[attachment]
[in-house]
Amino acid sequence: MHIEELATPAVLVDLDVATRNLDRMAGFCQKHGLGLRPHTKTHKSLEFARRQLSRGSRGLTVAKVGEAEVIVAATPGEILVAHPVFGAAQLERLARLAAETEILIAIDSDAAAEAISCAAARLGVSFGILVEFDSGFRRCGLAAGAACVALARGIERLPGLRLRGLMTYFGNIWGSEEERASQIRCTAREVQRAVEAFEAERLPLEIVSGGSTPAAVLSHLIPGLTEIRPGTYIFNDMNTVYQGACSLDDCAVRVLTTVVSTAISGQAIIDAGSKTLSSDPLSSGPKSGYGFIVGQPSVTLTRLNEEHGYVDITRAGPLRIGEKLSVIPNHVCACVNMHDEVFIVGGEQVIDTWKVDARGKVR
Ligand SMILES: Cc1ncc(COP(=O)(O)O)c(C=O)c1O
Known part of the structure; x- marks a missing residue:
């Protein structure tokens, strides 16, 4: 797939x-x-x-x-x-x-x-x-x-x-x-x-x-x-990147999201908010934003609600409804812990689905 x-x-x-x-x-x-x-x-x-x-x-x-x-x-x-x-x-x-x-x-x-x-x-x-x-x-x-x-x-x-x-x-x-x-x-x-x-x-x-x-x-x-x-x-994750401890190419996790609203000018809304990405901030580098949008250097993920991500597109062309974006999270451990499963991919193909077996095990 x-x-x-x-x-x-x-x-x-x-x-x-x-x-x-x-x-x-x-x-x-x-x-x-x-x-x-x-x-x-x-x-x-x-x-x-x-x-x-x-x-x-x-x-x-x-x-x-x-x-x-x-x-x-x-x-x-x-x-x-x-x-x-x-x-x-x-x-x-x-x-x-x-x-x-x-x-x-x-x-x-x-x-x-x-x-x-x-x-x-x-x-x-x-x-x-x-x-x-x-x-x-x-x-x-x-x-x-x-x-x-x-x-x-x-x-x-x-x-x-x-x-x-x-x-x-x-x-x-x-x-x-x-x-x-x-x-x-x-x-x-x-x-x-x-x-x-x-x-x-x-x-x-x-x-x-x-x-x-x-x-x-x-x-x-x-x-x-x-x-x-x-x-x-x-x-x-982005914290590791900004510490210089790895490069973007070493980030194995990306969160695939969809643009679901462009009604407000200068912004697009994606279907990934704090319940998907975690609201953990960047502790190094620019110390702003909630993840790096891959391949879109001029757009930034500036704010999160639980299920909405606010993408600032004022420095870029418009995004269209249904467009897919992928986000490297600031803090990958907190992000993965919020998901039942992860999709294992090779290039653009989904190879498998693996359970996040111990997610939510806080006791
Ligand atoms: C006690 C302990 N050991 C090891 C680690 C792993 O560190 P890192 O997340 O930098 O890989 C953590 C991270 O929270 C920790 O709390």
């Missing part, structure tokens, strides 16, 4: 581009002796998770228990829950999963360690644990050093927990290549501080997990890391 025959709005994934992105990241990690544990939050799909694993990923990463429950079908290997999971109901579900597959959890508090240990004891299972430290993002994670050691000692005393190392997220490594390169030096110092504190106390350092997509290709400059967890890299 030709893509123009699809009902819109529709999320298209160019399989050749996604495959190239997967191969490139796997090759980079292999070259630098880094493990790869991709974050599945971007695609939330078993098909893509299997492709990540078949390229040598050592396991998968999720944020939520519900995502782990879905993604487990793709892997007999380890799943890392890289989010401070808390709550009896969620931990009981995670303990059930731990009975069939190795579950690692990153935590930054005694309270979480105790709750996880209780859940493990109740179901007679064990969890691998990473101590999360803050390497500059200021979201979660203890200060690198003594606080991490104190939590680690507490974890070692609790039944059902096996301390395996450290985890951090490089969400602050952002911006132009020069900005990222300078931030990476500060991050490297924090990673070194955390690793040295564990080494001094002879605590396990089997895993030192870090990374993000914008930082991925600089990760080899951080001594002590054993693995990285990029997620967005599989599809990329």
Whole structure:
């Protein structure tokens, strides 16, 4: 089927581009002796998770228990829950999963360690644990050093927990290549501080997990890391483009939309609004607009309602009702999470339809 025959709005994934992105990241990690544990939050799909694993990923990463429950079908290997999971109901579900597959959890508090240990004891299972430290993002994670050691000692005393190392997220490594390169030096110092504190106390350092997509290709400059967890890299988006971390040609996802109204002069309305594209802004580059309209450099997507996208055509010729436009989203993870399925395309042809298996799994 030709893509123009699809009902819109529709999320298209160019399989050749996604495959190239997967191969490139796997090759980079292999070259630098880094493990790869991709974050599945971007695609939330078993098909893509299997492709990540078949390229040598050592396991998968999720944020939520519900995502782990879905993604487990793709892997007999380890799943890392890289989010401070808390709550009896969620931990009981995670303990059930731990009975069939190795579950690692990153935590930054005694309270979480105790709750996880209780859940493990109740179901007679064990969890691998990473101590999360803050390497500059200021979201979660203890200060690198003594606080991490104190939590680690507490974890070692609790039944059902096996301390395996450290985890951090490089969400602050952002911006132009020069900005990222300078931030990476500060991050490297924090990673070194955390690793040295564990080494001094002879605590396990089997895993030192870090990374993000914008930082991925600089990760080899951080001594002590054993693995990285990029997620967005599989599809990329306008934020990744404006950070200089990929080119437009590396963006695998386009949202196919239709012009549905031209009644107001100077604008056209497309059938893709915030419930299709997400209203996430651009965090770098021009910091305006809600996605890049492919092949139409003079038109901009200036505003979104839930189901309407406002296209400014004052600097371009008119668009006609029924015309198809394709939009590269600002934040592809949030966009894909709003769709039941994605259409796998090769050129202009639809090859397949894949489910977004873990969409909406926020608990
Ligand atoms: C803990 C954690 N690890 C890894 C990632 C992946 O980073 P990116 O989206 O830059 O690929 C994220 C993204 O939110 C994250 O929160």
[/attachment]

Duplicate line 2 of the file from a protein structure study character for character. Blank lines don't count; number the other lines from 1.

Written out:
Amino acid sequence: MHIEELATPAVLVDLDVATRNLDRMAGFCQKHGLGLRPHTKTHKSLEFARRQLSRGSRGLTVAKVGEAEVIVAATPGEILVAHPVFGAAQLERLARLAAETEILIAIDSDAAAEAISCAAARLGVSFGILVEFDSGFRRCGLAAGAACVALARGIERLPGLRLRGLMTYFGNIWGSEEERASQIRCTAREVQRAVEAFEAERLPLEIVSGGSTPAAVLSHLIPGLTEIRPGTYIFNDMNTVYQGACSLDDCAVRVLTTVVSTAISGQAIIDAGSKTLSSDPLSSGPKSGYGFIVGQPSVTLTRLNEEHGYVDITRAGPLRIGEKLSVIPNHVCACVNMHDEVFIVGGEQVIDTWKVDARGKVR